See more synonyms for linkage on
  1. the act of linking; state or manner of being linked.
  2. a system of links.
  3. Genetics. an association between two or more genes on a chromosome that tends to cause the characteristics determined by these genes to be inherited as an inseparable unit.
  4. Machinery. an assembly of four or more rods for transmitting motion, usually in the same plane or in parallel planes.
  5. a factor or relationship that connects or ties one thing to another; link: Administration officials sought to establish linkage between grain sales and relaxed immigration laws.
  6. any of various mathematical or drawing devices consisting of a combination of bars or pieces pivoted together so as to turn about one another, usually in parallel planes.
  7. Electricity. flux linkage.

Origin of linkage

First recorded in 1870–75; link1 + -age
Related formsnon·link·age, adjective Unabridged Based on the Random House Unabridged Dictionary, © Random House, Inc. 2018

Examples from the Web for linkage

Contemporary Examples of linkage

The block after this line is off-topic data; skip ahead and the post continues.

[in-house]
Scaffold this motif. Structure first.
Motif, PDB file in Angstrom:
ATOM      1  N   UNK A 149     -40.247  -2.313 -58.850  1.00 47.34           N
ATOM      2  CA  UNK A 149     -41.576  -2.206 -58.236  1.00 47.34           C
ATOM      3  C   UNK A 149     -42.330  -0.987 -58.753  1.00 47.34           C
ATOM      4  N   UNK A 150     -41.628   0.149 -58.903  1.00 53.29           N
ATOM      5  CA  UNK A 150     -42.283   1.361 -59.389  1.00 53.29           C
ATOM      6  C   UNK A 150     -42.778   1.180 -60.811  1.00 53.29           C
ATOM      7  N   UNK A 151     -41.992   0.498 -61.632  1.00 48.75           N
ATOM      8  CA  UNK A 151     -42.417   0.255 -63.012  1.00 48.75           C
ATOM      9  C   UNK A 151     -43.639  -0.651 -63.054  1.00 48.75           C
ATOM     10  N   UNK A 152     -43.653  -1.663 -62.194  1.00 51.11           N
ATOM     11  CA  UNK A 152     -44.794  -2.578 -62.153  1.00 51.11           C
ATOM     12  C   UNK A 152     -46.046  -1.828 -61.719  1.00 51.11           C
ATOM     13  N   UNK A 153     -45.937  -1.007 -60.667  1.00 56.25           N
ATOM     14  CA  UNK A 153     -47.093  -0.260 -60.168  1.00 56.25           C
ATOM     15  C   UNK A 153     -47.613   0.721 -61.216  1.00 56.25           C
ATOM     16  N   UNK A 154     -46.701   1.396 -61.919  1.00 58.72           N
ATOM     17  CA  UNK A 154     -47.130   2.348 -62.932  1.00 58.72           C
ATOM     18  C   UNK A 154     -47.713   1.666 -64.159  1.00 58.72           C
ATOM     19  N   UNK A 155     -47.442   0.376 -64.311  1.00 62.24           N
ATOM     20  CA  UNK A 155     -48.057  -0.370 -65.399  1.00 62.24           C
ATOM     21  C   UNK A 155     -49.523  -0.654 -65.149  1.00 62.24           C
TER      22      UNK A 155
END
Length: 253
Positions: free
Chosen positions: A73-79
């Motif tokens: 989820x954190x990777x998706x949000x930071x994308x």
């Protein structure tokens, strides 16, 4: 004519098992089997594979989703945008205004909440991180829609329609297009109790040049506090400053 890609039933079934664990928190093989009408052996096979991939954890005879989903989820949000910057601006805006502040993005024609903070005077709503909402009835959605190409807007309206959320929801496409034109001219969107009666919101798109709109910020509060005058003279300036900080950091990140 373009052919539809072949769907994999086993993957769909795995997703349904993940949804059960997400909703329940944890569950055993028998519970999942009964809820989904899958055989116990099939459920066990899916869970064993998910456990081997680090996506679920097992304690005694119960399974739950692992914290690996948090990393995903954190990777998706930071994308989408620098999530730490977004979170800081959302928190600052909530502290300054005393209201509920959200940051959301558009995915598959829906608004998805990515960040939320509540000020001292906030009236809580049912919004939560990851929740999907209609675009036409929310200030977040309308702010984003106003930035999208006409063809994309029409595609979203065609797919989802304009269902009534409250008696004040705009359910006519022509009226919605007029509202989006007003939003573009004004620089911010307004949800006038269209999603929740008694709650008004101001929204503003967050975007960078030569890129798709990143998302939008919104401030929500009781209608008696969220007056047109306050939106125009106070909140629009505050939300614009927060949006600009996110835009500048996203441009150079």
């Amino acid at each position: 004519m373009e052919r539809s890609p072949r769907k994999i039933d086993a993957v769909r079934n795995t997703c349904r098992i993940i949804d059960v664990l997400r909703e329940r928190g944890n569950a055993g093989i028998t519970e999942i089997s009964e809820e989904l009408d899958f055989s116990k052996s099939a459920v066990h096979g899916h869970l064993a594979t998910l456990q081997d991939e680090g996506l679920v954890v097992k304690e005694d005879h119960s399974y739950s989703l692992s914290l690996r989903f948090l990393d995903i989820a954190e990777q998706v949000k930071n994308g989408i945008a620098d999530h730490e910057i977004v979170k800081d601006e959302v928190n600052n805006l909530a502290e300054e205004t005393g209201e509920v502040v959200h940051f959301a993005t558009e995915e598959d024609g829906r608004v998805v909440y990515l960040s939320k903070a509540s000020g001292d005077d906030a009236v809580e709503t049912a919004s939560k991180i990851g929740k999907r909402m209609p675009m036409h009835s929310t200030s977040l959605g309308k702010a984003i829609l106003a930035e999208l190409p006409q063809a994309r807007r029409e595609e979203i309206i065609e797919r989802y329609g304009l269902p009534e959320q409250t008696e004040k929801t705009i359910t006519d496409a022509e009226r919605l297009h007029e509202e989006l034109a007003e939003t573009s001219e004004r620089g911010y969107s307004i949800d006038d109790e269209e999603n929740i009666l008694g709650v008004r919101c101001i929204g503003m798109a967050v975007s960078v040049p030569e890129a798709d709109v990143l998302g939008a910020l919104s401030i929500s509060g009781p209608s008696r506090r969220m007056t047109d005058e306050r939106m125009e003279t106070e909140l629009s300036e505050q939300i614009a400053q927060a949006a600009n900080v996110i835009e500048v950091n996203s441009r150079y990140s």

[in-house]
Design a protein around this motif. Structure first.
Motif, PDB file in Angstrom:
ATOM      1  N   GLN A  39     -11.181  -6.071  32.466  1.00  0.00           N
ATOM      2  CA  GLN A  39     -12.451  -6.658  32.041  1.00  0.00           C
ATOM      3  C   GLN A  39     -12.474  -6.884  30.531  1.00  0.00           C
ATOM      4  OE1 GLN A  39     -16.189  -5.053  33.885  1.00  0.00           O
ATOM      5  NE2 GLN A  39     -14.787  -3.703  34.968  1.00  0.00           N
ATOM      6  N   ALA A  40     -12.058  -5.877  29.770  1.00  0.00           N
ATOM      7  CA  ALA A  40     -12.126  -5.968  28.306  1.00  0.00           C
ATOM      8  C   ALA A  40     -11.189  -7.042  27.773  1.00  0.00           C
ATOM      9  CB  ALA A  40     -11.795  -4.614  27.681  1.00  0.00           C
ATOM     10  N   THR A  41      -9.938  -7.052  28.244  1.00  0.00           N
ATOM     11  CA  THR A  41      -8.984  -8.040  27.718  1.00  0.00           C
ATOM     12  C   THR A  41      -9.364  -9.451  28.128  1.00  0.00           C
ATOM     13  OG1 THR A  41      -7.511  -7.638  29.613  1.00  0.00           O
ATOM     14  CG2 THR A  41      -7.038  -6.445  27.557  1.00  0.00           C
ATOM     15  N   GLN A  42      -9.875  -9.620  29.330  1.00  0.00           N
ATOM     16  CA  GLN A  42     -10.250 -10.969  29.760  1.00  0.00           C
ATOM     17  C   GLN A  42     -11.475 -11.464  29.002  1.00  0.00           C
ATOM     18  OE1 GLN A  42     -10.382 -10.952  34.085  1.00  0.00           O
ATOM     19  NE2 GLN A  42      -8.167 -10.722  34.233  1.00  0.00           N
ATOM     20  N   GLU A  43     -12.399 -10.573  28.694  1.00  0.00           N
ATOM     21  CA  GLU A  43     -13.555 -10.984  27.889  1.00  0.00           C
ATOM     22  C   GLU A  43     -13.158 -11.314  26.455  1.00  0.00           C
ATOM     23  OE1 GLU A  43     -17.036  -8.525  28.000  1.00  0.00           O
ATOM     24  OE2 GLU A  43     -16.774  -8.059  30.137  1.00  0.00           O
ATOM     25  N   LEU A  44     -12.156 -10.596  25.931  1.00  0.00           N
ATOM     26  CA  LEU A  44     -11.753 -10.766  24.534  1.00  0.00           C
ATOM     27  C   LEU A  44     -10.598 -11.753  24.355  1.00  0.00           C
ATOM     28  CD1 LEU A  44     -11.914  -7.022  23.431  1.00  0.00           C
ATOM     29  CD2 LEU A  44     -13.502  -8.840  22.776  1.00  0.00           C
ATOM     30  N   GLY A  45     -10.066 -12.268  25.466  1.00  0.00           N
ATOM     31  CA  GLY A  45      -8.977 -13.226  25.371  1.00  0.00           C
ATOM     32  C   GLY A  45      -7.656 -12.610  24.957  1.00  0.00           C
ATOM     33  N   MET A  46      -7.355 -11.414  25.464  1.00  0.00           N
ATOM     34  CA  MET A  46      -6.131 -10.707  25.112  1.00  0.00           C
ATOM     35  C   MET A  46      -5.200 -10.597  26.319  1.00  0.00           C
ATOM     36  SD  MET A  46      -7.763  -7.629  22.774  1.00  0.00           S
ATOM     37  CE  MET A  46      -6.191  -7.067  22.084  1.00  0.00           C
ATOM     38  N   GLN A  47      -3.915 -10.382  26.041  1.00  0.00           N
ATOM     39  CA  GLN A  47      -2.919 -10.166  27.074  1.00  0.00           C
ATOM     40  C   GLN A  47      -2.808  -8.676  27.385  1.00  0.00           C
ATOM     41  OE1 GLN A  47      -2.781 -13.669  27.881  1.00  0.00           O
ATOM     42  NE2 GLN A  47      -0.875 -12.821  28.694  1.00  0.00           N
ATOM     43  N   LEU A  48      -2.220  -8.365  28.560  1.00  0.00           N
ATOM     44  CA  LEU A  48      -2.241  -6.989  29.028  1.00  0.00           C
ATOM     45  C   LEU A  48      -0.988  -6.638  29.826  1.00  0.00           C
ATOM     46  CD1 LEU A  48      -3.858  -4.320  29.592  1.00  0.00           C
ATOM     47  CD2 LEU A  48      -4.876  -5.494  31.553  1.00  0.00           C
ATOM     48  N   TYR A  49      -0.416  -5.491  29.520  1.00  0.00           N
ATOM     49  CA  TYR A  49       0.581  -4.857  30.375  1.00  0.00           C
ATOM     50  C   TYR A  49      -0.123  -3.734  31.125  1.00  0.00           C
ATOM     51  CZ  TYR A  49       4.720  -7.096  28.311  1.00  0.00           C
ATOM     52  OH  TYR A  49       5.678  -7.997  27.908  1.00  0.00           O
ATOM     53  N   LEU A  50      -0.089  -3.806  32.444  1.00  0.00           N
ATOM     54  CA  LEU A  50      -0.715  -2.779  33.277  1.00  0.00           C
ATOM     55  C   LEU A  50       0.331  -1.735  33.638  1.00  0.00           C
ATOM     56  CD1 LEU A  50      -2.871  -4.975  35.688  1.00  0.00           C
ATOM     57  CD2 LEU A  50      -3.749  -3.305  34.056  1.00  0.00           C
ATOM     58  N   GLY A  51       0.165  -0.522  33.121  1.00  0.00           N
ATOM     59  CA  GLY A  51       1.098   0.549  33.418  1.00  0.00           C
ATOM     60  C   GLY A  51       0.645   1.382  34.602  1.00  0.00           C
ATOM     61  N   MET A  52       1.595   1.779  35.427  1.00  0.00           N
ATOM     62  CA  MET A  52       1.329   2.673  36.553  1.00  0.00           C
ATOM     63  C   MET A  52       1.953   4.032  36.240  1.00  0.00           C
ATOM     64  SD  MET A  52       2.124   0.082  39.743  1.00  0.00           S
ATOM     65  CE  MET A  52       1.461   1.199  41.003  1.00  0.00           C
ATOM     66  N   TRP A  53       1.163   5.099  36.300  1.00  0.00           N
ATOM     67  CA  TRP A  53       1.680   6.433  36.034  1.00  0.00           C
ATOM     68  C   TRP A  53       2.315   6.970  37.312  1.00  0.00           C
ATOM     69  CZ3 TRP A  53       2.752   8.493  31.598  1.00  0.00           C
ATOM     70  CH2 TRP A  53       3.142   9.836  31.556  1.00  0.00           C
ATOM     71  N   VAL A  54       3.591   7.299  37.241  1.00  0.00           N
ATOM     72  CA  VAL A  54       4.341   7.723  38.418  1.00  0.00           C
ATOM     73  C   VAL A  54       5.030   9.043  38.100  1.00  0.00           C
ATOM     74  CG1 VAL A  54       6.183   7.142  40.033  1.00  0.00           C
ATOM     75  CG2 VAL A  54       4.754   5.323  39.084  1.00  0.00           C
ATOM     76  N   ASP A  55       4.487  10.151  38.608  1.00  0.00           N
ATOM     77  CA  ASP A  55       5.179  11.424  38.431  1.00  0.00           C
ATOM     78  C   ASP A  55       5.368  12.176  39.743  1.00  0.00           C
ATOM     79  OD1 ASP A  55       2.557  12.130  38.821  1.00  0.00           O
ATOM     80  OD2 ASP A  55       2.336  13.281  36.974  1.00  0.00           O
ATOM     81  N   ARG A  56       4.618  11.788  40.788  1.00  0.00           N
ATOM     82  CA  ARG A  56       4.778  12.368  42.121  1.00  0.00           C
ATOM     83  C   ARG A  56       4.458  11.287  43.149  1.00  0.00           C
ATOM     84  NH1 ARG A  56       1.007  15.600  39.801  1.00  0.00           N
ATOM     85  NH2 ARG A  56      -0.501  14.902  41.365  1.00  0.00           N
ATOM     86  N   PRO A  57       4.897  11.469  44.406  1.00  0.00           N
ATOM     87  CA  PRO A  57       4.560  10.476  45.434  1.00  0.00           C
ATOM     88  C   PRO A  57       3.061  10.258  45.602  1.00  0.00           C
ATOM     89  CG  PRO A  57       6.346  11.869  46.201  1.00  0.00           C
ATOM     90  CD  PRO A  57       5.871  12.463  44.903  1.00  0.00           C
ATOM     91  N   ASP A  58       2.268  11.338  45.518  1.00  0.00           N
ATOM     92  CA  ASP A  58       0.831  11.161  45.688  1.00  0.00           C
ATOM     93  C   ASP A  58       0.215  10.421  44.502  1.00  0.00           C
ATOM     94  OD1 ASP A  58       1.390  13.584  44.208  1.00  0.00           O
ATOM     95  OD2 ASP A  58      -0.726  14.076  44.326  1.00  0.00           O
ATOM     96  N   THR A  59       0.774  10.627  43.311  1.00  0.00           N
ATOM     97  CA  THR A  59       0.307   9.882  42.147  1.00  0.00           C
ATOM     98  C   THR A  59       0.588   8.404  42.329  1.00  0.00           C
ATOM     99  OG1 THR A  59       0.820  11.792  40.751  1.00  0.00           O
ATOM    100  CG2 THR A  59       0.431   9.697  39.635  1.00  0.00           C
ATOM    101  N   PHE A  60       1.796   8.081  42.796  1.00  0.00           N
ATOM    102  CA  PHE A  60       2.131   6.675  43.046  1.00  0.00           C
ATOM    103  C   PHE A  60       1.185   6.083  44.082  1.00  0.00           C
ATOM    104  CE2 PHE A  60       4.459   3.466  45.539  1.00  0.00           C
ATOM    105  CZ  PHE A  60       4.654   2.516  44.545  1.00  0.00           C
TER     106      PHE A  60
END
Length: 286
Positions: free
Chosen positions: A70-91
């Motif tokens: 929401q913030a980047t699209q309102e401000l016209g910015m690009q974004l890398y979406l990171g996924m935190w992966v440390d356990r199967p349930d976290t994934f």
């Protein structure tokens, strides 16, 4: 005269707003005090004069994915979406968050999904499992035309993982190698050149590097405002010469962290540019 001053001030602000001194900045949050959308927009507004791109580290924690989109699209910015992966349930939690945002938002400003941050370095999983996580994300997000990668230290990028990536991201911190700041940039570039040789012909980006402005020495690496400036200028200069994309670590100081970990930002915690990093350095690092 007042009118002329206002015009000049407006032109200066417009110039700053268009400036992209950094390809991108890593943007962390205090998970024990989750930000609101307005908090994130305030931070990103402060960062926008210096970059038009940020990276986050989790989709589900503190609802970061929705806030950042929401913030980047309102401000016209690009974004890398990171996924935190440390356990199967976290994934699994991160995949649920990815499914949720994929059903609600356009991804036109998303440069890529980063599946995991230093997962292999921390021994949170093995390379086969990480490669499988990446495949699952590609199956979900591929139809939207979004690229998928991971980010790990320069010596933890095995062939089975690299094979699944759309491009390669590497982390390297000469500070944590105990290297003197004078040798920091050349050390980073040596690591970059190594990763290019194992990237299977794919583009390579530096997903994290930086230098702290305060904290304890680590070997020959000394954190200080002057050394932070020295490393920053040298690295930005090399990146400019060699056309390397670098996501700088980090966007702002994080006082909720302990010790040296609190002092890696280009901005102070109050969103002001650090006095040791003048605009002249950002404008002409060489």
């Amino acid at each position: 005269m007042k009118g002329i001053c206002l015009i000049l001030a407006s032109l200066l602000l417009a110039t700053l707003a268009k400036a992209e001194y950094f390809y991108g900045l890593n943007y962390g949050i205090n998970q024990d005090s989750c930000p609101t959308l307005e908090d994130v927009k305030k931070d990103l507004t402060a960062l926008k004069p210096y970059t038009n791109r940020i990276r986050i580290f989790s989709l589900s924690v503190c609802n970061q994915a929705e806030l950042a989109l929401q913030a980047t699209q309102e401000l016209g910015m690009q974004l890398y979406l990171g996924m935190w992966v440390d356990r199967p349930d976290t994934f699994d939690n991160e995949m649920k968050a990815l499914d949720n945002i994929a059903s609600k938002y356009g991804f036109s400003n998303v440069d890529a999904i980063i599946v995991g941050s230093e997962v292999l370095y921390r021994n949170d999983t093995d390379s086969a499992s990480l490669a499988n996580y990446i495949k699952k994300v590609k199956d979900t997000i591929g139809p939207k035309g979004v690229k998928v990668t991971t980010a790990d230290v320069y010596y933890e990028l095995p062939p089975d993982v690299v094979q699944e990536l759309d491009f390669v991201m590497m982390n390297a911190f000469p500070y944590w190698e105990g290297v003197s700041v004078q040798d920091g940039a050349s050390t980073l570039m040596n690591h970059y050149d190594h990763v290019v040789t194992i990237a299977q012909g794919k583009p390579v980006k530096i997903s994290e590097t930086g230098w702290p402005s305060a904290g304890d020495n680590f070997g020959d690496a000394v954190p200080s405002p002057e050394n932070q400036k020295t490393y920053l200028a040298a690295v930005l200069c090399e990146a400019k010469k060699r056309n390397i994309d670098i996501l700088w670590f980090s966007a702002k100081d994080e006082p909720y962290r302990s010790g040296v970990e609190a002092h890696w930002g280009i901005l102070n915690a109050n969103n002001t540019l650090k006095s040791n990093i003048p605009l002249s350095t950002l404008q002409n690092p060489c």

Historical Examples of linkage

British Dictionary definitions for linkage


  1. the act of linking or the state of being linked
  2. a system of interconnected levers or rods for transmitting or regulating the motion of a mechanism
  3. electronics the product of the total number of lines of magnetic flux and the number of turns in a coil or circuit through which they pass
  4. genetics the occurrence of two genes close together on the same chromosome so that they are unlikely to be separated during crossing over and tend to be inherited as a single unit
  5. the fact of linking separate but related issues in the course of political negotiations
Collins English Dictionary - Complete & Unabridged 2012 Digital Edition © William Collins Sons & Co. Ltd. 1979, 1986 © HarperCollins Publishers 1998, 2000, 2003, 2005, 2006, 2007, 2009, 2012

Word Origin and History for linkage

1874, from link (v.) + -age.

To understand the principle of Peaucellier's link-work, it is convenient to consider previously certain properties of a linkage, (to coin a new and useful word of general application), consisting of an arrangement of six links, obtained in the following manner ... (etc.). ["Recent Discoveries in Mechanical Conservation of Motion," in "Van Nostrand's Eclectic Engineering Magazine," vol. XI, July-December 1874]
Online Etymology Dictionary, © 2010 Douglas Harper

linkage in Medicine


  1. An association between two or more genes such that the traits they control tend to be inherited together.
The American Heritage® Stedman's Medical Dictionary Copyright © 2002, 2001, 1995 by Houghton Mifflin Company. Published by Houghton Mifflin Company.